Our Country: Americana Act II (CD) By Ray Davies


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Our Country: Americana Act II

Ray Davies

Sony Legacy 2018

Review by David Bowling


If Ray Davies had only written one song, he would still have made a mark on the history of rock music. His 1964 classic, “You Really Got Me,” with his band The Kinks and the opening chords played by his brother Dave, helped establish the foundations of hard rock. The Kinks remained active until 1996 and were inducted into The Rock and Roll Hall Of Fame in 1990.

He began his solo career in 1985 and his newest release is his sixth studio album. Our Country: Americana Act II is the follow-up to his 2017 release. It continues his reflections about his American experiences.

Our Country: Americana Act II is a concept album similar to his early 1970 releases. The album contains narration, which can be both positive and negative. They are interesting the first couple of listens but become repetitive with additional exposure.

The music has a flow and when taken together is better than the individual parts. The songs are not the gritty rock of the early Kinks but has a laid back style to it. It is Ray Davies the story teller rather than Ray Davies the rock musician.

He has had a long and sometimes tempestuous relationship with America but ultimately the country formed a part of who he is as a person and musician. That songs such as “Back In The Day,” “The Take,” “Louisiana Sky,” “The Big Weird,” and “Tony and Bob” are able to chronicle his journey musically is extraordinary.

Ray Davies is now one of the grand old men of sixties rock and roll. Old Country: Americana Act II is a reflective album of a person looking back. It is ultimately an album of soothing and reflective music.

Rating: ***


Lock Up The Liquor (CD) By The Little Red Rooster Blues Band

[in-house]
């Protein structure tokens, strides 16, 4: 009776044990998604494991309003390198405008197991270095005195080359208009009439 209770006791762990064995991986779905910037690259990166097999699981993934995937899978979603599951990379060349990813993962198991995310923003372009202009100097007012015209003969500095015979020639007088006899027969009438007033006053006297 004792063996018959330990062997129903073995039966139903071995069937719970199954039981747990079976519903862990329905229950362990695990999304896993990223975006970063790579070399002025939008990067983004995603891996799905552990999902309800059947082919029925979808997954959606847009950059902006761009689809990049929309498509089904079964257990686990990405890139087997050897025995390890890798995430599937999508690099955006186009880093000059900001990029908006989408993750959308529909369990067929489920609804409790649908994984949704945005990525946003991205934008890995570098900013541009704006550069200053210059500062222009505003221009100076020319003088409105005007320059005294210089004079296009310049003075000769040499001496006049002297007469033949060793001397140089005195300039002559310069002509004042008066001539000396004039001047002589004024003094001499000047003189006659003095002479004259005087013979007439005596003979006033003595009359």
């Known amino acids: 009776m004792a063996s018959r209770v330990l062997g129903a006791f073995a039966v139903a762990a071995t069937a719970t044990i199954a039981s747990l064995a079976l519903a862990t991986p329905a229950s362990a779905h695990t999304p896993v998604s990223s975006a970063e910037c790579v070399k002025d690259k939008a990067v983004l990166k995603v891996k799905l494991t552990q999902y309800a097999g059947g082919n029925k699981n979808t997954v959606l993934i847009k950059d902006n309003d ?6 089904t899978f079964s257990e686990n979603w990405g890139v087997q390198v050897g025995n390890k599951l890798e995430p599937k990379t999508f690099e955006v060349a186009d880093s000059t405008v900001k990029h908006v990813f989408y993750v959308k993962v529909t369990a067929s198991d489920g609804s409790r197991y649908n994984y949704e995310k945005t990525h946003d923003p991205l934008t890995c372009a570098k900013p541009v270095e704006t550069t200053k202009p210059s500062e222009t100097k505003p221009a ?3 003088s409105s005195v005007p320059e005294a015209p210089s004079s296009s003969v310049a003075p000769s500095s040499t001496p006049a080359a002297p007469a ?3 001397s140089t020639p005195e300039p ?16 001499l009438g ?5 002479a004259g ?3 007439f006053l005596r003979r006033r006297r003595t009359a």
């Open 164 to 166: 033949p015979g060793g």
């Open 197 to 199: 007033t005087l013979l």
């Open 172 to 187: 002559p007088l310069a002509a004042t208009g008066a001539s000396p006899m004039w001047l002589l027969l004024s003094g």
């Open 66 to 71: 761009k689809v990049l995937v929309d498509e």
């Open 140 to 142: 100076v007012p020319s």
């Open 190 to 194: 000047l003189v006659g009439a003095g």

Lock Up The Liquor

The Little Red Rooster Blues Band

Little Red Rooster Label

Review by David Bowling


The Little Red Rooster Blues Band may not be a household name. but for three decades they have been touring relentlessly and producing first-rate blues. Now, in celebration of their 30th anniversary, they have released an album of 15 original songs titled Lock Up The Liquor.

They are a talented bar band who have made good. As such, they have a sense of humor and an easy going approach to their music that are important for any band who has spent years playing in front of small crowds in smoky filled rooms.

Guitarist/vocalist Kevin McCann, harp player Dave Holtzman, bassist Jeff Michael. and drummer Ben Holden have learned their craft well. Their music ranges from dance tunes to emotional ballads. “Thrift Store Rubbers” exemplifies their sense of humor and “Cotton Mouth” is a tribute to James Cotton.

The Little Red Rooster Blues Band have issued an album of entertaining blues. So grab your favorite brew, put your legs up, and enjoy.

Rating: ***1/2

The Best Of Johnny Rivers (CD) By Johnny Rivers


The Best Of Johnny Rivers

Johnny Rivers

Capital 1990

Review by David Bowling


Johnny Rivers rose to fame as the house band/artist at the Whiskey-A-Go-Go Club in Los Angeles during the mid 1960’s. During the next 15 years he would sell 30 million records, place nearly two-dozen songs on the Billboard Top 100, and establish his own record label.